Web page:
Reducing Mosquito Exposure
Mosquitoes lay their eggs in standing or slow moving water. Weeds, tall grass, and bushes provide moquitoes an outdoor resting place. In residential areas, standing water can accumulate in unused tires, cans, clogged gutters, unused pools and pool covers and other receptacles that collect water. Mosquitoes can enter homes through unscreened windows or doors, or broken screens.
Read our Mosquito Control FAQ (PDF) to learn what the city is doing to reduce the number of mosquitoes. Other languages: [Español] [中文] [Русский] [Creole] [Italiano] [한국어] [Polski]
What can I do around my home to help reduce exposure to mosquitos?
- Eliminate any standing water that collects on your property:
- Remove all discarded tires from your property.
- Dispose of tin cans, plastic containers, ceramic pots, or similar water holding containers.
- Make sure roof gutters drain properly. Clean clogged gutters in the spring and fall.
- Clean and chlorinate swimming pools, outdoor saunas and hot tubs. If not in use, keep empty and covered.
- Drain water from pool covers.
- Change the water in bird baths at least every 3 or 4 days.
- Turn over plastic wading pools and wheelbarrows when not in use.
- Remind or help neighbors to eliminate mosquito breeding sites on their properties.
- Use window screens, and repair or replace those in your home that have tears or holes.
Some local hardware stores may carry a product called Mosquito Dunk® and similar products that contain a larvicide - Bacillus thuringiensis israelensis (BTI) - for use in areas of standing water around the home. The New York City Department of Health and Mental Hygiene (DOHMH) recommends eliminating standing water around the home to reduce breeding sites for mosquitoes and warns that direct handling of larvicides may cause skin and eye irritation. These and similar larvicides should be used only as directed by the manufacturer. If these products are purchased for home use, we recommend careful reading of the hazards label, directions, and details regarding storage and handling.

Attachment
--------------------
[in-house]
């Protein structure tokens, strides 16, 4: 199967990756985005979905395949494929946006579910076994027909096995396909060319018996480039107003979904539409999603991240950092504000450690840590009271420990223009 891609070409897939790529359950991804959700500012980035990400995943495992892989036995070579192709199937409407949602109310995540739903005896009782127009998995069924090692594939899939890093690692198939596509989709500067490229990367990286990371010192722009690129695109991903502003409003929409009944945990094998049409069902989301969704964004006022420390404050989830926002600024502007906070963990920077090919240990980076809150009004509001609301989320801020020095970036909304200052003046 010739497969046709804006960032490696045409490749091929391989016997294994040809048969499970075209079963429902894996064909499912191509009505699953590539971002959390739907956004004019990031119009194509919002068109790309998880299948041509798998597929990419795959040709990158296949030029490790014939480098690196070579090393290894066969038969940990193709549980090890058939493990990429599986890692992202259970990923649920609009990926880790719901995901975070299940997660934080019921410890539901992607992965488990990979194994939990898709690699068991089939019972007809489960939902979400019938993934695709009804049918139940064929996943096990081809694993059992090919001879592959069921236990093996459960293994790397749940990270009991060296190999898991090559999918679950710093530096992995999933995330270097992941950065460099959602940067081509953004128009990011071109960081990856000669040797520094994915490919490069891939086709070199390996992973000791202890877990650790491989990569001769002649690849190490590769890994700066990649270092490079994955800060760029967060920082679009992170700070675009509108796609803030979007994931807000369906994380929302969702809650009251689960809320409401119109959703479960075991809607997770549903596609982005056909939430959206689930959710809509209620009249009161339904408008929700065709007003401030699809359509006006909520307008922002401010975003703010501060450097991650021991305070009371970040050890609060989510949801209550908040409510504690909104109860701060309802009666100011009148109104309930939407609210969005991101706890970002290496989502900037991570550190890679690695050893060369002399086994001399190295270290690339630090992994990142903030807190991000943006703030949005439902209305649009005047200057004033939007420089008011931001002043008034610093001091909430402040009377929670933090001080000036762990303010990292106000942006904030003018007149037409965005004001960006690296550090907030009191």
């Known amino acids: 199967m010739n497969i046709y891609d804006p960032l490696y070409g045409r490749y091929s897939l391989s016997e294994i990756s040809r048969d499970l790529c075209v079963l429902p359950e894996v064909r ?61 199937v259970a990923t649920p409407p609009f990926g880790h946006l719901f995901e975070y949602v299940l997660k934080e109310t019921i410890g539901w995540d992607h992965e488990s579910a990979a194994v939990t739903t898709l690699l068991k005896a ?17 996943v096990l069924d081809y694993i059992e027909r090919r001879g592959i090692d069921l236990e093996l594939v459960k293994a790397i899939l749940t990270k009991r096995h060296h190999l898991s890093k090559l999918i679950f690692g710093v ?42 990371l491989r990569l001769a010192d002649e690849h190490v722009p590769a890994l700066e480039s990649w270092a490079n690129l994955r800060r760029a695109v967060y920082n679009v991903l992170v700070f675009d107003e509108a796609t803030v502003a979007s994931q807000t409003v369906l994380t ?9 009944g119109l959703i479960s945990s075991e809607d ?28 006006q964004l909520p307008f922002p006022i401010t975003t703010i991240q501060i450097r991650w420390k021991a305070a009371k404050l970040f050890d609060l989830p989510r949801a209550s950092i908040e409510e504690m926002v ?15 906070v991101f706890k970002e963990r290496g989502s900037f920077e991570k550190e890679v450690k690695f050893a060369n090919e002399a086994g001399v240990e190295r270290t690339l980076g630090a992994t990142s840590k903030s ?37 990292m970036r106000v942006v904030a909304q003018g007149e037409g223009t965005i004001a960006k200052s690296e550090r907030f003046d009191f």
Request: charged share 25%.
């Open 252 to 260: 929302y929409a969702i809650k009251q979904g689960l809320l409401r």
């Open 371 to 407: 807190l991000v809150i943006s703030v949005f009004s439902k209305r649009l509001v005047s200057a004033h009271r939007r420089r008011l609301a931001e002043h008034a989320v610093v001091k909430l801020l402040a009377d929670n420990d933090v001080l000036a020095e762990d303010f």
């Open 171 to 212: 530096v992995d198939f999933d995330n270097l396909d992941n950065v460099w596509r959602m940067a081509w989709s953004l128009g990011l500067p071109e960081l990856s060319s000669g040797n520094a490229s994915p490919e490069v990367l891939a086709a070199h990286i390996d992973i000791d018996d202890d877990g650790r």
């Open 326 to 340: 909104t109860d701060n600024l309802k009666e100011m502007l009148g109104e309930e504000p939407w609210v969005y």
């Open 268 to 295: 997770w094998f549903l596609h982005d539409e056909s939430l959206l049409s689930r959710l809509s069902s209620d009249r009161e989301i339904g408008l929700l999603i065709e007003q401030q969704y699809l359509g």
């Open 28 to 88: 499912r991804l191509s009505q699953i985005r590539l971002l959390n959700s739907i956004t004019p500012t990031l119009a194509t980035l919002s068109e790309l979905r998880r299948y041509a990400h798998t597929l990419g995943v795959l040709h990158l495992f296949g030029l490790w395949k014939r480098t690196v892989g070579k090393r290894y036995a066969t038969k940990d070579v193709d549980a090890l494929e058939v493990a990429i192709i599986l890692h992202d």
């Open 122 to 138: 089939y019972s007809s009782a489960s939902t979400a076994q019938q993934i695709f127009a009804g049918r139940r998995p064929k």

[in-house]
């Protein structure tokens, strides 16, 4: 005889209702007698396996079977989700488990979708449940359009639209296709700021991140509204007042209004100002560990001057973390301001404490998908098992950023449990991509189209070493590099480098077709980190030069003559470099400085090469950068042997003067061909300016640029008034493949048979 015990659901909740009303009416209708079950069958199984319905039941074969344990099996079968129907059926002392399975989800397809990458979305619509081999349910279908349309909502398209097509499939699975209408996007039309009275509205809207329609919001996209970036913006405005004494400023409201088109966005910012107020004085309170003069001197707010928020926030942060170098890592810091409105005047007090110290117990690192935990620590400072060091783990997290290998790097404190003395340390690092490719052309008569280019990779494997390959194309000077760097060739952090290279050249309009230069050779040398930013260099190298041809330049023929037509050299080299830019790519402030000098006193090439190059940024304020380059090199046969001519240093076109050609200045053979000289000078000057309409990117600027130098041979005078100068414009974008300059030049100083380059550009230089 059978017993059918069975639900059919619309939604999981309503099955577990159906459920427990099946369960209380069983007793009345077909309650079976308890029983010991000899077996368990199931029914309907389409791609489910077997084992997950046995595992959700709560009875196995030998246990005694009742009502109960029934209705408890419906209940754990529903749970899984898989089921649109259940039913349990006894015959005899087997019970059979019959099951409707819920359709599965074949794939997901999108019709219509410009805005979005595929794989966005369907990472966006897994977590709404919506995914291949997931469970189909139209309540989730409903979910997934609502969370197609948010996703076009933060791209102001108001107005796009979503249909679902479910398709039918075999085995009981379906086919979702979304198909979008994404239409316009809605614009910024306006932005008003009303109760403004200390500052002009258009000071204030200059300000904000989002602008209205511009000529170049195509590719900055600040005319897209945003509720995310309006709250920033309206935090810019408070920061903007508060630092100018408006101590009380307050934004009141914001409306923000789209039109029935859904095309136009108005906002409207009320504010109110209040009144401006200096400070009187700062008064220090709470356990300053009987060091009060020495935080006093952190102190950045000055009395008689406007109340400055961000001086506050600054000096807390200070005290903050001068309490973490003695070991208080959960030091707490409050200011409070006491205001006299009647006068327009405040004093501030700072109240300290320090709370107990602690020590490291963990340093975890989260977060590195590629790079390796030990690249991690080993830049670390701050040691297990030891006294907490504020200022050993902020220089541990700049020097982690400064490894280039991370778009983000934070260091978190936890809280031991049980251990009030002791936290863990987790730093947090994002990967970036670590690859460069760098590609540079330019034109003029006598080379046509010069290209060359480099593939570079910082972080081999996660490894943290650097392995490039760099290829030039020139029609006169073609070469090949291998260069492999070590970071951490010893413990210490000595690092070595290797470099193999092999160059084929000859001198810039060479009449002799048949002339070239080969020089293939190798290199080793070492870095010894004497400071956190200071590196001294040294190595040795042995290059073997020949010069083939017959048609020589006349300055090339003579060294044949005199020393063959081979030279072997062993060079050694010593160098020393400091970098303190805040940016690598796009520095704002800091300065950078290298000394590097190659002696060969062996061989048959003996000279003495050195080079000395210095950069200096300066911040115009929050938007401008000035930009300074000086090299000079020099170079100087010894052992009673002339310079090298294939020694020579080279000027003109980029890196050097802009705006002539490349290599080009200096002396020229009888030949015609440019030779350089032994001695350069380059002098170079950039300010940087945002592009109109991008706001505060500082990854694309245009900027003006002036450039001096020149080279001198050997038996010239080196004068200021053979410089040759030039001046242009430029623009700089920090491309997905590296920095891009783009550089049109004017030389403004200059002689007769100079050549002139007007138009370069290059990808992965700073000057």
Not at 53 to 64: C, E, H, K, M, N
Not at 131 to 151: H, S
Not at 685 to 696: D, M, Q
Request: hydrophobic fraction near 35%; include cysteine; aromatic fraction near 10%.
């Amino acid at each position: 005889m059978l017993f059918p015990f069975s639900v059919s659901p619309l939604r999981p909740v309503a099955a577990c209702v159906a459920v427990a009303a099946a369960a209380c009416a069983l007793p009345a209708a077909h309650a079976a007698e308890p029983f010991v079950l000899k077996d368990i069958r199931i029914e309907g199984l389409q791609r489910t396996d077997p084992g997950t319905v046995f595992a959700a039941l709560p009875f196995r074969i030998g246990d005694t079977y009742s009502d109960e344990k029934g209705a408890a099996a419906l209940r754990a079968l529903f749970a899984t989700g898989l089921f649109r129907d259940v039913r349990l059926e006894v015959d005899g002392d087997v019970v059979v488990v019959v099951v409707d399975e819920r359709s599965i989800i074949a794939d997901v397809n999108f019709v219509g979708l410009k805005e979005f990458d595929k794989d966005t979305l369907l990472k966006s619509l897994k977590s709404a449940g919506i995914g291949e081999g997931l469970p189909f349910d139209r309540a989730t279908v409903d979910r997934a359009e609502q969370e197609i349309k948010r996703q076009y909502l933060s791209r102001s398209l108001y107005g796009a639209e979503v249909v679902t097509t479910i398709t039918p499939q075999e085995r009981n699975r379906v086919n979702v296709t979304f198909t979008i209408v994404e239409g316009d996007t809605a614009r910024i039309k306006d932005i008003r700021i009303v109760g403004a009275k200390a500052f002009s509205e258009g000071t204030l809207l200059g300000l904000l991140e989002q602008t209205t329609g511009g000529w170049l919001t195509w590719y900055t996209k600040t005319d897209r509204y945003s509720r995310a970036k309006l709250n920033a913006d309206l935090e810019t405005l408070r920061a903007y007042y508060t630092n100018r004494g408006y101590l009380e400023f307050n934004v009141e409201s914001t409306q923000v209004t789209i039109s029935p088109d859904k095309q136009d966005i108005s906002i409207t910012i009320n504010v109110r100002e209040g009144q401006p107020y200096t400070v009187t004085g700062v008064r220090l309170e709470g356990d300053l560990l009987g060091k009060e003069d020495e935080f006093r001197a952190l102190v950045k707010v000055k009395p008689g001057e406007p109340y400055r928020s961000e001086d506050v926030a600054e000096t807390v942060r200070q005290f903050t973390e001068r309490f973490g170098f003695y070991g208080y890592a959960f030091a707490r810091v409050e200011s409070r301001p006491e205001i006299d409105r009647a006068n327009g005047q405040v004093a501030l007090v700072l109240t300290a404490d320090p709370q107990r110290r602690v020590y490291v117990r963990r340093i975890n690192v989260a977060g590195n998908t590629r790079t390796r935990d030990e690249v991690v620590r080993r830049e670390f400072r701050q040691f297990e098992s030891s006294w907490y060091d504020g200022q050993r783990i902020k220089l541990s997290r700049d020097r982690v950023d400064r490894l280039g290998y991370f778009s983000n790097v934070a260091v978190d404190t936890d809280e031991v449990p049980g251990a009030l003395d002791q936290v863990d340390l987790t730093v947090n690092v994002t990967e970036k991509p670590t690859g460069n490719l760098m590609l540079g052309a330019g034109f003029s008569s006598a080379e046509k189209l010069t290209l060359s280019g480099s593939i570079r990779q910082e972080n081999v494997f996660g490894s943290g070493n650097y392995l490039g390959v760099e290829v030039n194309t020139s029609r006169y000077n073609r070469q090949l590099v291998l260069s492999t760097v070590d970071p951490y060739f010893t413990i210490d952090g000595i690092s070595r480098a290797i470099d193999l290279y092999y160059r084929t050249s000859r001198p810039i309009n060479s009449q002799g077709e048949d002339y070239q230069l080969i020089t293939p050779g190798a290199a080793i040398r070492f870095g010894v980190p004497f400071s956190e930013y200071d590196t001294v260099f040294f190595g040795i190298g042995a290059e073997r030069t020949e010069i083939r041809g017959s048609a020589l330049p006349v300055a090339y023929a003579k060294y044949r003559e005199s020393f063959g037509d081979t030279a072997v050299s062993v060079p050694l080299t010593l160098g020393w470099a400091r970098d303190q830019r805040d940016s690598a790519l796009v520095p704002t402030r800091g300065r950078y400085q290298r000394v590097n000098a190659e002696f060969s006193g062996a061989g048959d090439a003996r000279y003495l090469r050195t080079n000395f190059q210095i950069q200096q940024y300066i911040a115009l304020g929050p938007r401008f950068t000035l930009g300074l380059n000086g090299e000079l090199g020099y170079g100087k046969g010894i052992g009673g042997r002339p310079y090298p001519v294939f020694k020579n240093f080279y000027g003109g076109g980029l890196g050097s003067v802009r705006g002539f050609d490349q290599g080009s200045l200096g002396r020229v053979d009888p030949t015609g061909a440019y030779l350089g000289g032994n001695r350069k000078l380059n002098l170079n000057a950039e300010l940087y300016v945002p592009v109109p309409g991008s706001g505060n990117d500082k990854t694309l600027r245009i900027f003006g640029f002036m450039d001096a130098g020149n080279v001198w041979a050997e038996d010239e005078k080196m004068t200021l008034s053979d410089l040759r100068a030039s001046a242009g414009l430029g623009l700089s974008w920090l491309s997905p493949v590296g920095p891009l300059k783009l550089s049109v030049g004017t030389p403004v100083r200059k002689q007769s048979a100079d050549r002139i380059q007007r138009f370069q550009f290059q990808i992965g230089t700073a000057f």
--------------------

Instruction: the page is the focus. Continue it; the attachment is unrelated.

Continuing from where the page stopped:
*Never use foggers or bug bombs inside the home to control insects, and avoid the use of aerosol insecticides.
If my neighbors don't take care of the standing water in their yards, should I report them to the Health Department?
We ask NYC residents and business owners to take primary responsibility for eliminating standing water on their property. However, DOHMH takes reports to track and respond to significant problem areas. You can file a standing water complaint online or by calling 311.
What can I do to reduce my risk of becoming infected with West Nile virus?
From June through October, when mosquitoes are most active, take the following precautions:
- Wear protective clothing such as long pants and long-sleeved shirts, particularly between dusk and dawn when mosquitoes that spread West Nile virus are searching for a blood meal.
- Avoid shaded, bushy areas where mosquitoes like to rest.
- Limit outdoor evening activity, especially at dusk and dawn when mosquitoes are most active.
- Use an insect repellent containing DEET, picaridin, oil of lemon eucalyptus, or IR3535 to help reduce exposure to mosquitoes. Always follow instructions on the repellent's label. For more information, visit Insect Repellent Use & Safety.
More Mosquito Info